The Child Nutrition Reauthorization bill that stalled last month still has a chance, according to White House Assistant Chef Sam Kass.
Yesterday, Kass, who also serves as the senior policy adviser on Healthy Eating Initiatives, told a conference of 400 chefs and children’s health/anti-hunger advocates that the White House remains excited and optimistic about the bill’s prospects during the next session in November.
The nutrition bill had been languishing in the House before Congress
recessed to campaign for the midterm elections. The landmark
bill, which unanimously passed the Senate over the summer, would allow
the U.S. Department of Agriculture to set nutritional standards for all
school food, expand school breakfast programs, and slightly increase the
reimbursement rate for meals.
“We are excited about the
prospects of the bill, believe it or not, and are hopeful that it will
pass the House and get to the president’s desk during the lame duck
session,” said Kass, pointing out that the bill
is fully offset and would not add to the deficit.
One of the
offsets has become a big political problem for the bill. Anti-hunger advocates and 106 House Democrats were up in arms over a proposal to
suspend a temporary $2.2 billion increase in SNAP (federal food stamp) benefits in 2013,
awarded as part of the stimulus bill. Kass said the Obama Administration is listening to those concerns and is committed to working with
Congress to restore the offset in the future.
Kass said it is appalling that while the U.S. is “by far the most productive and efficient agriculture society in the world, we still have 49 million Americans who are food insecure, and 16 million of them are children.”
“We are working tirelessly in the Administration to meet the president’s goal of ending childhood hunger by 2015,” said Kass, who went on to discuss the intimate link between childhood hunger and obesity, two issues First Lady Michelle Obama’s Let’s Move! campaign targets.
“These two problems seem to be opposite. One is the product of not enough, the other a product of too much. One gives us a dire sense of urgency; every hungry child is an emergency… the other builds slowly over time, eroding the health and potential of our citizens and eating away at a child’s quality of life.”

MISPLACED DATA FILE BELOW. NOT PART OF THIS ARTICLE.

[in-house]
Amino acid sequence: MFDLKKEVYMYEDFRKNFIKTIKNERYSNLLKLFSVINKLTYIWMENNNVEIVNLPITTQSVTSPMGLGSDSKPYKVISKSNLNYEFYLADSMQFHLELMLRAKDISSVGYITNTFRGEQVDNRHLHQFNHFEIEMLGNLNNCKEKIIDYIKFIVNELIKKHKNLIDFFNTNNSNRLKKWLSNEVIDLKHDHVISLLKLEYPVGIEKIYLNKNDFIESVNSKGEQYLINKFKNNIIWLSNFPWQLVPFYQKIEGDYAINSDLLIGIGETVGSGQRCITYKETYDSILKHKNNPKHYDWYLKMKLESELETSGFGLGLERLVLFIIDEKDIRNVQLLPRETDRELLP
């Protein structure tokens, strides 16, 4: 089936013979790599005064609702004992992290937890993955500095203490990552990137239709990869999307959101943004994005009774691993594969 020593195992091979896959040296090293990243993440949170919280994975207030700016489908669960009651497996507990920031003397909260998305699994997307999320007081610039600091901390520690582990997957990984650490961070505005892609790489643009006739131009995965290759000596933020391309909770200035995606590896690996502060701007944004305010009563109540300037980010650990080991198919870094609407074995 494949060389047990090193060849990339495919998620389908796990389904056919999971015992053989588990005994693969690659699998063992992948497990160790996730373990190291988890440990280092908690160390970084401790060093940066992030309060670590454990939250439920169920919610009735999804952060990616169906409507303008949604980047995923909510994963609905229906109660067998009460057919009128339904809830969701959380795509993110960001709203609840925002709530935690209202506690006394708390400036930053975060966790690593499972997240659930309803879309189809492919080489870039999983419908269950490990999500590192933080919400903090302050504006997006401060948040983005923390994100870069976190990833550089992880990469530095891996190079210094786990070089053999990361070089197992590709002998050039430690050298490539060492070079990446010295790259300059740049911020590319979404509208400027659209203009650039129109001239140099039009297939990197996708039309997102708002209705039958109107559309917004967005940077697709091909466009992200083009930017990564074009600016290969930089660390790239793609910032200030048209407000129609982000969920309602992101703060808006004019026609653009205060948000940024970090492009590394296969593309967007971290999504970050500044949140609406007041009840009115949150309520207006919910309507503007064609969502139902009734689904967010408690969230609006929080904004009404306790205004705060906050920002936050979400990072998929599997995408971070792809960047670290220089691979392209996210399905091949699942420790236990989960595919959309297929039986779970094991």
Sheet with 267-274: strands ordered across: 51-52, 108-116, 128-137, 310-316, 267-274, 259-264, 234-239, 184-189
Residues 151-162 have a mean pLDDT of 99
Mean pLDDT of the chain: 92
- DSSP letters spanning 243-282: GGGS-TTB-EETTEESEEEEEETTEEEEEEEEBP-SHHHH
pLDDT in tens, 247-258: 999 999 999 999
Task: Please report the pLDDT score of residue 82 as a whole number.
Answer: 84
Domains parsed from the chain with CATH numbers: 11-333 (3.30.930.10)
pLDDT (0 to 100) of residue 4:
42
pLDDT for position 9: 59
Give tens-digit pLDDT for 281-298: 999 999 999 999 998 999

Both hungry and obese children can be seen as malnourished, explained Kass. “This irony often plays out in the very same child.”
“We need to both fight hunger and make sure our kids grow healthy,” he said. “Under no circumstances should carrots be considered a luxury item.”
Kass encouraged his audience of advocates to break out of institutional and organizational silos. “It’s going to take every sector of society to end childhood hunger, to end childhood obesity. We have everything we need to solve this problem. It’s going to be up to you and it’s going to be up to us,” added Kass, whose remarks were met with a standing ovation.
Chef Tim Cipriano, who heads the food services program for New Haven Public Schools and was named Advocate of the Year at the Share Our Strength conference, offered a more tempered outlook.
“I think [Child Nutrition Reauthorization] is still an uphill battle,” Cipriano, told Obama Foodorama. “It would be great to have the Senate bill pass, which is really probably the only bill that’s feasible for lame duck; I am not really sure what’s going to happen.”
“I know Share our Strength and other groups will do whatever possible to help get the bill through, but it’s still an uphill battle.”